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Happenings from and about Creative Commons in Australia

On the back of a lot of really interesting work and events last year, Creative Commons Australia have released their “Unlocking the Potential Through Creative Commons” report which examines the role (and potential roles) of Creative Commons licensing in Australia.  It’s an easy read and has lots of examples, so very useful for artists, media producers, educators and many others who are thinking about the Creative Commons as the right copyright for their work!

Also in Australia, the CC Au blog looks at a recent controversy which has arisen due to Virgin Mobile in Australia using Flickr images licensed under Creative Commons terms.  It appears Virgin may have ignored a CC ‘non-commercial’ clause in at least one case, but also on the table is the moral question of getting the permission of people who actually appear in the photos, especially since some of the advertisements put out by Virgin Mobile are clearly mocking in the people in the pictures.  That said, clearly this is a very mainstream use of CC-licensed work and that’s definitely welcome.  It’s also noteworthy that at least some of the photographers are delighted to see their work appearing as part of this campaign.  For some of the more vitriolic comments which highlight the grey areas between intent and use, see the comments of these two Flickr images.  It’s also worth checking out the online arm of Virgin’s campaign using these images (which, I have to say, is actually quite a clever use of some of these pictures!)

More broadly, last month Mary Taylor Huber from the US Carnegie Foundation for the Advancement of Teaching gave a series of guest talks here in Perth (you can hear Mary’s lecture here) and focused on what she calls building the ‘teaching commons’ which is, essentially, shared ideas and resources about teaching and learning across the globe.  In our conversation after her public lecture, we were talking about the Creative Commons as the mechanism by which the actual resources of a teaching commons could be shared.  Following that idea, I was absolutely delighted to see Creative Commons central announce that their CC Learn – “the education division of Creative Commons” – has gone live, with this fantastic mission statement:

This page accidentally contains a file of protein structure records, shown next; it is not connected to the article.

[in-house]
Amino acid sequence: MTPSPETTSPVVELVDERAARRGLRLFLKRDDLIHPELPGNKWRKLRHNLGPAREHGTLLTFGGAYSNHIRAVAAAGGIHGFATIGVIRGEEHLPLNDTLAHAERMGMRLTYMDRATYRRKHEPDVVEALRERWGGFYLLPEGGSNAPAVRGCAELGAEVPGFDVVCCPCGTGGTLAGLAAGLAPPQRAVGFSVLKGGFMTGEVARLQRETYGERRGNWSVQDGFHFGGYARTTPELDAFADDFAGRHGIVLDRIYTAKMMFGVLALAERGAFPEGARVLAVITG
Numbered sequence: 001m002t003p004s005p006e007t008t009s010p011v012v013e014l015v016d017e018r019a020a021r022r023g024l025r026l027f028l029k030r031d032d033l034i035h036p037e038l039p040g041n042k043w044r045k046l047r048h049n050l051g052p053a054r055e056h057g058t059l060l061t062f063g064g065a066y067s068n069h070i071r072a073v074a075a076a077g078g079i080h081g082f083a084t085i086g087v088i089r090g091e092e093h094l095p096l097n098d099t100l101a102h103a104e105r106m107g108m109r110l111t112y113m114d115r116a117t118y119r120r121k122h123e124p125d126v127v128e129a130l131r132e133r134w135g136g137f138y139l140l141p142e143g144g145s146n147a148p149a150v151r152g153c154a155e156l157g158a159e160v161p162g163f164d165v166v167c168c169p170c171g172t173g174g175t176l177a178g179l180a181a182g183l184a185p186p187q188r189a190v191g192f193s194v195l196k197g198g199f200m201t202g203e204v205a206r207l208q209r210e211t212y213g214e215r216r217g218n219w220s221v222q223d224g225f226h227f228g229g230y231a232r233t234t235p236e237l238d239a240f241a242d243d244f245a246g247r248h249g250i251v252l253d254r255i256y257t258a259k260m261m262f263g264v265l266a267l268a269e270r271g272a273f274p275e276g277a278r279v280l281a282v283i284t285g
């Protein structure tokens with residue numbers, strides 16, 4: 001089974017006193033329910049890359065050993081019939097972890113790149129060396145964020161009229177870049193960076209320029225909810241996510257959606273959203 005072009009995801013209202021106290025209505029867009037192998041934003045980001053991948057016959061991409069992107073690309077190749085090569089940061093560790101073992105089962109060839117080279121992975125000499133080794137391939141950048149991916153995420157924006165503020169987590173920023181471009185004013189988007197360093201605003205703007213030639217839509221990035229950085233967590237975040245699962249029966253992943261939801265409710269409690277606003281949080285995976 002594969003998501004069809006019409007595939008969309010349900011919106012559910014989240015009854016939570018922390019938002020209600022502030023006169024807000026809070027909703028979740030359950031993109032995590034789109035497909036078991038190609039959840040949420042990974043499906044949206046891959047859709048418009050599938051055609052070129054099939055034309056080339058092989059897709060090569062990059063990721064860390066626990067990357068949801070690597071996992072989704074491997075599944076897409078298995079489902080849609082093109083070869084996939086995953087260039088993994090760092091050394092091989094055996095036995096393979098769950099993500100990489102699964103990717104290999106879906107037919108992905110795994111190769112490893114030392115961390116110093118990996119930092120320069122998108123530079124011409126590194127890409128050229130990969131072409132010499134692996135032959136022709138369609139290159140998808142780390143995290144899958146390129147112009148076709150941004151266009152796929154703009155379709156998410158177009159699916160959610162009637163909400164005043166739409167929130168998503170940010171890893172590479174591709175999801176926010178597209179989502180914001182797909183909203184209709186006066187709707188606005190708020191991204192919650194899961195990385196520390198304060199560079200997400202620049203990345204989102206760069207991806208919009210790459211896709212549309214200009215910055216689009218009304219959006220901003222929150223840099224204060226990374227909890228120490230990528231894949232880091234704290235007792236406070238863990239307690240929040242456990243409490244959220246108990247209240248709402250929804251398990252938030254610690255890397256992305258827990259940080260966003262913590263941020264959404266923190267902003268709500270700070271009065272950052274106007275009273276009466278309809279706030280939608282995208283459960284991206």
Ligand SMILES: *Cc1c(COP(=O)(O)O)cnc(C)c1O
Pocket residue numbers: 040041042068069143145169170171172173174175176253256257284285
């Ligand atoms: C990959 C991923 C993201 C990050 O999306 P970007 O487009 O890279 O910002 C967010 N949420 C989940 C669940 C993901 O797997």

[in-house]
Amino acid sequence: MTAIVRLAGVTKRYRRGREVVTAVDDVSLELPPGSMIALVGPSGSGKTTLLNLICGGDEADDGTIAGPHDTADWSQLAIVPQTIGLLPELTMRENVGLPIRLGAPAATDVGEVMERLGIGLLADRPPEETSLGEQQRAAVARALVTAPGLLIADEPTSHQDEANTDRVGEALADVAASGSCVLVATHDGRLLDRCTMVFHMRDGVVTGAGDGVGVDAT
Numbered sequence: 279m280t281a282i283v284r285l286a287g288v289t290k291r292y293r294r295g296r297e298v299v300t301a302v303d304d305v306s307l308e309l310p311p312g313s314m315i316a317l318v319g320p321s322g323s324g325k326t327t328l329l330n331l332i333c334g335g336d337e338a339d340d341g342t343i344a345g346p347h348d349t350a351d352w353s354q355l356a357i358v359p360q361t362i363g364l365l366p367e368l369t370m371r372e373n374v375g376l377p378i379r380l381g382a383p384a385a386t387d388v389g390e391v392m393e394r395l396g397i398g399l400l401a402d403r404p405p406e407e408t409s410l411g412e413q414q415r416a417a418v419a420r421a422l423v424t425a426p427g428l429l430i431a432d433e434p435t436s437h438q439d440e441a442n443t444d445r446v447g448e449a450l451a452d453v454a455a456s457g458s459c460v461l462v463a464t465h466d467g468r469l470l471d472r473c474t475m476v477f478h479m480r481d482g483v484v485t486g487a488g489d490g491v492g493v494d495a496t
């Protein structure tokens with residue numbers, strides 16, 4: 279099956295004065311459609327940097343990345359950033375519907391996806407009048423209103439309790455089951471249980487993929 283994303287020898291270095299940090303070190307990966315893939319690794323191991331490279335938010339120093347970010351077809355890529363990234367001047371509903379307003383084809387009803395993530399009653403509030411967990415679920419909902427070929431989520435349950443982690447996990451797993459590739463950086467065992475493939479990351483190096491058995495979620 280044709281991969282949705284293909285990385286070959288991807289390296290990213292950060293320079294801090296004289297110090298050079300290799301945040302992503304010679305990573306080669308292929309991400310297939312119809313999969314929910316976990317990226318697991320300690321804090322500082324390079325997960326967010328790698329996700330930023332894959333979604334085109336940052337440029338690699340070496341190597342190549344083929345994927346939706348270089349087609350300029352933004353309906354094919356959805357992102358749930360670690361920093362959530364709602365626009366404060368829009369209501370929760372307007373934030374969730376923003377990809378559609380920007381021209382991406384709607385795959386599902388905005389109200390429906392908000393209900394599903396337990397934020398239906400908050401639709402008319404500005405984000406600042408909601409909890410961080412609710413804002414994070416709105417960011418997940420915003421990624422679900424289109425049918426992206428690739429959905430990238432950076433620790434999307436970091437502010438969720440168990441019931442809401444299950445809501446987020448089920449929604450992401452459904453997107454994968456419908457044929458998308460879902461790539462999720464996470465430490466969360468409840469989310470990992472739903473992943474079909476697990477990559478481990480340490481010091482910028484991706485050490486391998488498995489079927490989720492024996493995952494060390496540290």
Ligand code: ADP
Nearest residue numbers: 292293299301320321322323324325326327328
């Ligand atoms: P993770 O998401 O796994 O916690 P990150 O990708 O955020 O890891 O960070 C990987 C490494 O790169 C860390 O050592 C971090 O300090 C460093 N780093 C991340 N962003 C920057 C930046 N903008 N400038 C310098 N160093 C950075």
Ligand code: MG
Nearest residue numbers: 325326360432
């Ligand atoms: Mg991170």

* With legal barriers, we advocate for licensing of educational materials under interoperable terms, such as those provided by Creative Commons licenses, that allow unhampered modification, remixing, and redistribution. We also educate teachers, learners, and policy makers about copyright and fair-use issues pertaining to education.
* With technical barriers, we promote interoperability standards and tools to facilitate remixing and reuse.
* With social barriers, we encourage teachers and learners to re-use educational materials available on the Web, and to build on each other’s contributions.

Obviously CC Learn is in its early stages, but the mission is definitely a very important one and I can’t wait to see CC Learn grow!

Update (8.50am, 28 Jul 07): I’ve been reading more about the Virgin Mobile use of Flickr CC images and these posts are worth reading: “Uh, I thought YOU got the release . . .” by Carolyn E. Wright, looking at the need for model release forms for commercial use of people in photos; a post from Ian Wilson who was quite happy to see his image used by Virgin Mobile; Agency Spy’s “Flickr Is Going To Cost Virgin Mobile Millions Of Dollars“; and a longer conversation on Flickr “Virgin Mobile advertising campaign using Flickr photos“.

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1 Comment

  1. Man, I wish it could be as simple as “I don’t want anyone to use this photograph for anything without my expressed and explicit permission”.

    Not even putting a © works on anything anymore (which is why I’ve taken to watermarking the crap out of all my images).

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